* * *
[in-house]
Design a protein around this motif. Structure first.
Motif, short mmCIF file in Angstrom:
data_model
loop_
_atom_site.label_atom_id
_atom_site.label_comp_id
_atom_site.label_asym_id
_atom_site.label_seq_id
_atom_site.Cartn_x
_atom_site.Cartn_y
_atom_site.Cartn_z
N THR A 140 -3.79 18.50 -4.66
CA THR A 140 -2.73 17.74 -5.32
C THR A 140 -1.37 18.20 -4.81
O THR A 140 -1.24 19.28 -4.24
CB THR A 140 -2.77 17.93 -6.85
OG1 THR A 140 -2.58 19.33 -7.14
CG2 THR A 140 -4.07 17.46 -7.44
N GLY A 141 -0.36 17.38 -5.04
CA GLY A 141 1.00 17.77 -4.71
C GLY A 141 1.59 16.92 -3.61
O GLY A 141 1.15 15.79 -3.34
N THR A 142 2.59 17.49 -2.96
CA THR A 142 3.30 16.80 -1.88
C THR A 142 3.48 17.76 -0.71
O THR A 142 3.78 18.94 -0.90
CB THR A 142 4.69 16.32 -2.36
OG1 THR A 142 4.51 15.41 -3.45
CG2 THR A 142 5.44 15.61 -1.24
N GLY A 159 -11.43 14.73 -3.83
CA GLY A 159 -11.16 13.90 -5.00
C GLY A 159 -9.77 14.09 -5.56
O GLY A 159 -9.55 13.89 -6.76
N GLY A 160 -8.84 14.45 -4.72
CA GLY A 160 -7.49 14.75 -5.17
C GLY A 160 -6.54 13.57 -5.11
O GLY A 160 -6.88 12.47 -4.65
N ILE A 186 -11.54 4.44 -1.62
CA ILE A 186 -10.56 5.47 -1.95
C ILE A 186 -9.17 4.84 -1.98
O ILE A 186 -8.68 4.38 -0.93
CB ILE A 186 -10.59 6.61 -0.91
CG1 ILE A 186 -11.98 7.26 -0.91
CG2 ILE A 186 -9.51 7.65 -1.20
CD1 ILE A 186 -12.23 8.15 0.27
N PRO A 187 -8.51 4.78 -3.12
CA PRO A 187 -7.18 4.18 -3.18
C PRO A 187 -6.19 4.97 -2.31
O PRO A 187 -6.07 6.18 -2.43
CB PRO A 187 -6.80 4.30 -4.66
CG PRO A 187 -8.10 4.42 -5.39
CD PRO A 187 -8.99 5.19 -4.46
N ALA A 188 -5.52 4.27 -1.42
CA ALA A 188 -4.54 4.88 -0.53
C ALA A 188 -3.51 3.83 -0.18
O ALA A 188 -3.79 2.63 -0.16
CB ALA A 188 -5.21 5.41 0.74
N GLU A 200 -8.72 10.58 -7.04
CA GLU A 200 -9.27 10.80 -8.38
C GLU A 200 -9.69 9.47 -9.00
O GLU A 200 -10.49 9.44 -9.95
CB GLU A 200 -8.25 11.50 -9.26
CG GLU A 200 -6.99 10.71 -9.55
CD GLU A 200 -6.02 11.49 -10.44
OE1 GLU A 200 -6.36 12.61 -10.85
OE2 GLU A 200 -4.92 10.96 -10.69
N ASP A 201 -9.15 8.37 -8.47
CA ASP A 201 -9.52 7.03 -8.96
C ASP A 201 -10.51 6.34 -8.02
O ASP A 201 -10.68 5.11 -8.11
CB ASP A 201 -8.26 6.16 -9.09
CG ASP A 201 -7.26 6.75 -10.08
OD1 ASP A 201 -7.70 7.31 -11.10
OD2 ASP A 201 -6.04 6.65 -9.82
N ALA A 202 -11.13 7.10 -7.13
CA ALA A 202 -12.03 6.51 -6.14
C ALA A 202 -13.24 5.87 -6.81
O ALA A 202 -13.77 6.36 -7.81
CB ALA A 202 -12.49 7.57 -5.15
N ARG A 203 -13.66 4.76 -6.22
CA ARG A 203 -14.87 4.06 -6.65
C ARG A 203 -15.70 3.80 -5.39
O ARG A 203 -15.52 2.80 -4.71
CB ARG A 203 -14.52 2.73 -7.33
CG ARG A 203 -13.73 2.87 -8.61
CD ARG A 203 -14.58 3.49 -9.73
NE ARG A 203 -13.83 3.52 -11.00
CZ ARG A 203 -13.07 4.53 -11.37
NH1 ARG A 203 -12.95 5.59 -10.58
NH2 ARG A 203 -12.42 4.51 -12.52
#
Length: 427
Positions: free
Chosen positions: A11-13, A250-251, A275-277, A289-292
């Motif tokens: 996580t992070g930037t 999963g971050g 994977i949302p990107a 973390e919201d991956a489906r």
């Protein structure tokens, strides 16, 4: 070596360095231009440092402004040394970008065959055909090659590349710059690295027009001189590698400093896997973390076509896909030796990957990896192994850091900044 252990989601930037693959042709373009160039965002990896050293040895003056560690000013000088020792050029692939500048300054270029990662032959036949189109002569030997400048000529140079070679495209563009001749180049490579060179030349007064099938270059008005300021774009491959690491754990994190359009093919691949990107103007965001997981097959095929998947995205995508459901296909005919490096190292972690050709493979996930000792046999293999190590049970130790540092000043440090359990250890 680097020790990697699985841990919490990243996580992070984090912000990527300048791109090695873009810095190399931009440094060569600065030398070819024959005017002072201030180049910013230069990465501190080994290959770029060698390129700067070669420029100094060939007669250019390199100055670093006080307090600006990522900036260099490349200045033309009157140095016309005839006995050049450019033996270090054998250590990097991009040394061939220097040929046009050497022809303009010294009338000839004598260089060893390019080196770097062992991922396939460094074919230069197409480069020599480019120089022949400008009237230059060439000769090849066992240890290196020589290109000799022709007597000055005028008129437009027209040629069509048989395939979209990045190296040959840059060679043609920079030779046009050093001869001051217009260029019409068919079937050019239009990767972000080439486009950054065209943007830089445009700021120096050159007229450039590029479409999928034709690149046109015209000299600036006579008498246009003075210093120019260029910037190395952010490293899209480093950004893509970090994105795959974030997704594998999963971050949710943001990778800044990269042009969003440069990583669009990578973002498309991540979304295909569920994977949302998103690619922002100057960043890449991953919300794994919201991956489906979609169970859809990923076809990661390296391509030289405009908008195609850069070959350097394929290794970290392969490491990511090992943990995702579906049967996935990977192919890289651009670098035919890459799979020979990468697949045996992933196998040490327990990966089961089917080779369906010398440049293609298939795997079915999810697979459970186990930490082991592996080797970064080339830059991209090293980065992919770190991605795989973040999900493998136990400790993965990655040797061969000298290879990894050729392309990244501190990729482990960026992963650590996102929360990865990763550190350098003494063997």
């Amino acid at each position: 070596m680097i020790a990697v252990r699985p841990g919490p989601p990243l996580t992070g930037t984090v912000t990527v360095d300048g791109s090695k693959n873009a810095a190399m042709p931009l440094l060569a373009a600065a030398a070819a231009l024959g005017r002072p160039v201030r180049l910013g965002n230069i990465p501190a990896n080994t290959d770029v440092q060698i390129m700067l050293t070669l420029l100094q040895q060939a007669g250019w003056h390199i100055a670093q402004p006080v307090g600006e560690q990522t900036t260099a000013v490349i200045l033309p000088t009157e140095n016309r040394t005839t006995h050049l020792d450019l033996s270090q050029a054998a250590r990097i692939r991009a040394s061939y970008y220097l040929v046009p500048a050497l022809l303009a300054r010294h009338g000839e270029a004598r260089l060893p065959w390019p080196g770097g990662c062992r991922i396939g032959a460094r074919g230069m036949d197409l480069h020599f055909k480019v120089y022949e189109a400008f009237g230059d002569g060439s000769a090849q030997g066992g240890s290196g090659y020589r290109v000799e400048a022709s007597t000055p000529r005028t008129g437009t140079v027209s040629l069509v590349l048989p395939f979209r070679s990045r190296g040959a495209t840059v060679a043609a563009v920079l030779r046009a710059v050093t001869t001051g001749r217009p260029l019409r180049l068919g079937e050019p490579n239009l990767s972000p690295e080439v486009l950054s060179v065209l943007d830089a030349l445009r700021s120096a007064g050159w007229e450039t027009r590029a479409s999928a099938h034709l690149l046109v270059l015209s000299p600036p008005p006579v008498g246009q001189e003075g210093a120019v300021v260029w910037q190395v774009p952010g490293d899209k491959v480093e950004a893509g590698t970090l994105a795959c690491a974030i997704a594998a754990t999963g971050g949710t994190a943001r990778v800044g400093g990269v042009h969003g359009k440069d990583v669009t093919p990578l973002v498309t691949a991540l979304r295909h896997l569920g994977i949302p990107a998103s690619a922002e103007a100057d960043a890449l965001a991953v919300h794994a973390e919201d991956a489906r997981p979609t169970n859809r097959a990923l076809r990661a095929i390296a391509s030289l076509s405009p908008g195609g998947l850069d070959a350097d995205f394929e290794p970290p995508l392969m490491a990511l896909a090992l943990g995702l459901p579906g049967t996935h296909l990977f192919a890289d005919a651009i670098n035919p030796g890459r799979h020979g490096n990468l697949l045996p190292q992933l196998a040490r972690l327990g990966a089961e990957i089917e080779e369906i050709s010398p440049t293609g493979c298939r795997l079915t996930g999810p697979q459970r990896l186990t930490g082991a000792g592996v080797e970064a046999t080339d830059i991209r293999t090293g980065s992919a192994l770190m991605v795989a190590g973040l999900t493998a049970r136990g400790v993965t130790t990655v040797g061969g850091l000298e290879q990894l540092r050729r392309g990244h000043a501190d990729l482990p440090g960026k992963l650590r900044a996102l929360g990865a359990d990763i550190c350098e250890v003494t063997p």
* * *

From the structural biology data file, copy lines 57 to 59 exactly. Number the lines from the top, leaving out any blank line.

O ALA A 188 -3.79 2.63 -0.16
CB ALA A 188 -5.21 5.41 0.74
N GLU A 200 -8.72 10.58 -7.04